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Use custom property classes to create complex sets of properties that you can associate with an object such as a BLPackage. Because subclasses inherit any properties defined in a parent custom class, you can create a hierarchical structure with multiple levels and different properties defined at the various levels. Each class inherits all properties defined for its parent class.

Consider a custom property structure like the following, which is four classes deep.

For each of the lowest classes in this structure, three instances are defined, as shown in the following illustration.

The following graphic shows one branch in this custom class structure. For any custom class, you can define an unlimited number of properties, which are then inherited by its subclasses. The graphic shows how one property defined at each level propagates downward through the structure.

The properties in this graphic can be used to identify an installation location for a BLPackage. In this example, the BLPackage is assigned a local property called DEPLOY_LOC. This local property is a property class property — that is, a type of property that refers to a specific property class or subclass. In this example, the DEPLOY_LOC property refers to the DEV custom property subclass, which includes the properties ROOT_DIR, APP_DIR, VER_DIR, and LEVEL_DIR. Three instances of the DEV custom property class are defined.

The path to the BLPackage installation directory uses the following series of parameters.

??DEPLOY_LOC.ROOT_DIR??/??DEPLOY_LOC.APP_DIR??/
??DEPLOY_LOC.VER_DIR??/??DEPLOY_LOC.LEVEL_DIR??

In this path, each parameter refers to the DEPLOY_LOC local property, which in turn refers to the DEV custom property class.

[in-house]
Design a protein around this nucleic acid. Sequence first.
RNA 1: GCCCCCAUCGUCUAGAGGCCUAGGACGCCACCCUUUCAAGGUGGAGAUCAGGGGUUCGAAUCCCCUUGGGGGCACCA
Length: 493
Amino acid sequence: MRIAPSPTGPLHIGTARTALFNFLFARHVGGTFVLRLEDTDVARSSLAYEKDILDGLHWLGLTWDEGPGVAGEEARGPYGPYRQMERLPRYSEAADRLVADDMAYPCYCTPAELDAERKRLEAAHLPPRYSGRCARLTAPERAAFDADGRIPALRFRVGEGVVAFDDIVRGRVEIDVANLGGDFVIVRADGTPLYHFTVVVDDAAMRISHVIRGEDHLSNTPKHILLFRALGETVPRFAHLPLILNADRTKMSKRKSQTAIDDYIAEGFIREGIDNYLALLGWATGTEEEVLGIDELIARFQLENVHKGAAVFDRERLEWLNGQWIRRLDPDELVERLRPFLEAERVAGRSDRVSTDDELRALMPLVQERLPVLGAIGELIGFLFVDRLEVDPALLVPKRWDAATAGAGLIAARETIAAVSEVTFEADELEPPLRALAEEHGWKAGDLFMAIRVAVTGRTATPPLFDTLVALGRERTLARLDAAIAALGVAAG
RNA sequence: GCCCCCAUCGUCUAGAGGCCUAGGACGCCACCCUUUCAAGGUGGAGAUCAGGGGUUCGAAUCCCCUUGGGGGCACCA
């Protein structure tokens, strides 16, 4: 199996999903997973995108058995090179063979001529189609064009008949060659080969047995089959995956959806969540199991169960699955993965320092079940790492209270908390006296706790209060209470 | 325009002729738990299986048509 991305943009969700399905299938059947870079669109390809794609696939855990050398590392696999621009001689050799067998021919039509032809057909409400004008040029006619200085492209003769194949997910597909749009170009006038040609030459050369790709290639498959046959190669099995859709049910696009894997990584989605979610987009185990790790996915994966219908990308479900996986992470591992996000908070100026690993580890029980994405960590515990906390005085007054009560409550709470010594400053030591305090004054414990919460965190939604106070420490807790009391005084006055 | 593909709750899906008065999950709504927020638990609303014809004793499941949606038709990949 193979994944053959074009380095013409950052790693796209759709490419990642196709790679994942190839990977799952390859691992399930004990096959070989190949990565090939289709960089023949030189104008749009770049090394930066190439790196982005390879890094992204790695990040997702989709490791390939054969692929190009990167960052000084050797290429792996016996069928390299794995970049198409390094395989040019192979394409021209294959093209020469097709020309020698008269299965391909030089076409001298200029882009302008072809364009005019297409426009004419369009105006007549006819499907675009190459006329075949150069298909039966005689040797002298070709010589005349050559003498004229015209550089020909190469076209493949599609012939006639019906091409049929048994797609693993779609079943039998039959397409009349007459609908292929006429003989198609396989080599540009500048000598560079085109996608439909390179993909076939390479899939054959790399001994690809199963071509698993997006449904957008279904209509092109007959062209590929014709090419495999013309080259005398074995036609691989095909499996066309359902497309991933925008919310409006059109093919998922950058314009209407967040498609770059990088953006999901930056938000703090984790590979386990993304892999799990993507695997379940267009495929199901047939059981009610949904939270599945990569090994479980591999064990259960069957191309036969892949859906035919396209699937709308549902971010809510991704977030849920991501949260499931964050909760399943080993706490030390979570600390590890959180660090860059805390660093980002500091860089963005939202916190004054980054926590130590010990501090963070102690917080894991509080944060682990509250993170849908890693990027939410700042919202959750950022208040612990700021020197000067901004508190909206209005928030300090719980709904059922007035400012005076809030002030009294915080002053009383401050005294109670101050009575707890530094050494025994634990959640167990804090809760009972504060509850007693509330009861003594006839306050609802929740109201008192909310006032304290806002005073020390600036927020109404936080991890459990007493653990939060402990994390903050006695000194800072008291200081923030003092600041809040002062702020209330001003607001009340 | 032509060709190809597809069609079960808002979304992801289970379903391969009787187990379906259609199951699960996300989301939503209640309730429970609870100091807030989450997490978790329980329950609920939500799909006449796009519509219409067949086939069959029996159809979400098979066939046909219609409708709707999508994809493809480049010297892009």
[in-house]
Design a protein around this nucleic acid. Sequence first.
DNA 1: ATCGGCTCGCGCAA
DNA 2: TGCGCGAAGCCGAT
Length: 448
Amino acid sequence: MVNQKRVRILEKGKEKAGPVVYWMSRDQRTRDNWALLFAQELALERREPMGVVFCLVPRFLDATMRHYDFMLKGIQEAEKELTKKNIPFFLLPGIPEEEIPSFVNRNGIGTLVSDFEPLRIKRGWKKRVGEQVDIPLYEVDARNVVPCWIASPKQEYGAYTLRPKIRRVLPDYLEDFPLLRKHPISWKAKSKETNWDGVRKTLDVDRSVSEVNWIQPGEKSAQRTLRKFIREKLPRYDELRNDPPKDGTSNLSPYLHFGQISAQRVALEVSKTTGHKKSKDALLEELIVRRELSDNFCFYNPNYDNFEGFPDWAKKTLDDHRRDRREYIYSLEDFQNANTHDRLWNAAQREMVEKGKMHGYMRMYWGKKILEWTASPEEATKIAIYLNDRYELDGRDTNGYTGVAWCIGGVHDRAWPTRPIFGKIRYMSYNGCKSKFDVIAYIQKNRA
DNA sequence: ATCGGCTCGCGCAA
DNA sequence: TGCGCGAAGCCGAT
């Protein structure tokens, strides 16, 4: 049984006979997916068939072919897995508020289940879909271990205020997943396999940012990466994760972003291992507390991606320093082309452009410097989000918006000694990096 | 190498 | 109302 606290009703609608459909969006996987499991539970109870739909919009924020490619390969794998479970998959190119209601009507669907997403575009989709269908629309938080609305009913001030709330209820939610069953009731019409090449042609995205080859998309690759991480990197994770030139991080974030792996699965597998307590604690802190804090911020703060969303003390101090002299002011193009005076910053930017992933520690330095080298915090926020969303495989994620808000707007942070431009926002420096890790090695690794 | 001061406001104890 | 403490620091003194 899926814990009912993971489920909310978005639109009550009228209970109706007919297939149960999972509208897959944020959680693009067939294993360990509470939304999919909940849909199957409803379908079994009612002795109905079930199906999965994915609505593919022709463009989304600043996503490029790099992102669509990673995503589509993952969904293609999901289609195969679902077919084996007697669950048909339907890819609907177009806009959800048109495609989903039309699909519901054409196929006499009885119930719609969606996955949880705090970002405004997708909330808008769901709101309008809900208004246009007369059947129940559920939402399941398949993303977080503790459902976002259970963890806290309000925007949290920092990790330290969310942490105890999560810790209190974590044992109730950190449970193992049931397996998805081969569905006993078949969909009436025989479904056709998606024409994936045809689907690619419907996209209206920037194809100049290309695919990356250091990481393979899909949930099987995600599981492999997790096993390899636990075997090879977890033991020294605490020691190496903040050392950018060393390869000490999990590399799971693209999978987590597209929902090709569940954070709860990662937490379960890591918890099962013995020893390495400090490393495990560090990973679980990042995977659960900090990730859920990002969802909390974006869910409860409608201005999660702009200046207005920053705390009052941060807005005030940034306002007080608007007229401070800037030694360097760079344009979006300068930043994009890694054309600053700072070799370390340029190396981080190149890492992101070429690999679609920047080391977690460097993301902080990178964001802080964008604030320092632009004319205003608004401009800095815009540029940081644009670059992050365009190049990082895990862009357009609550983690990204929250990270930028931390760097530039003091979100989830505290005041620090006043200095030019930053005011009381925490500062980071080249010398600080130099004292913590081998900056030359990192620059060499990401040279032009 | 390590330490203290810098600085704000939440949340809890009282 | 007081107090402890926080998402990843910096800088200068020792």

When you deploy the BLPackage, you must provide a value for the DEPLOY_LOC property. The value of a property class type of property is an instance of the referenced property class — in this case, an instance of the DEV property class. In each instance of the DEV property class, a different value is assigned to the LEVEL_DIR property. For two instances, different values are assigned to the APP_DIR property. In the first instance, LEVEL_DIR is set to dev1. When all the parameters in the path to the BLPackage are resolved, the path becomes /c/apps/a/211/dev1. In the second instance, LEVEL_DIR is set to dev2 and APP_DIR is set to apps/sandbox/a, so the path resolves to /c/apps/sandbox/a/211/dev2. In the third instance, LEVEL_DIR is set to dev3 and APP_DIR is set to apps/experimental/a, so the path resolves to /c/apps/experimental/a/211/dev3. All three paths identify different locations on the same server.

This example examines one set of properties on one branch of a custom property class hierarchy. You can use the same approach on each branch of the hierarchy. You can also use other properties to establish other types of information that are inherited downward throughout the hierarchy.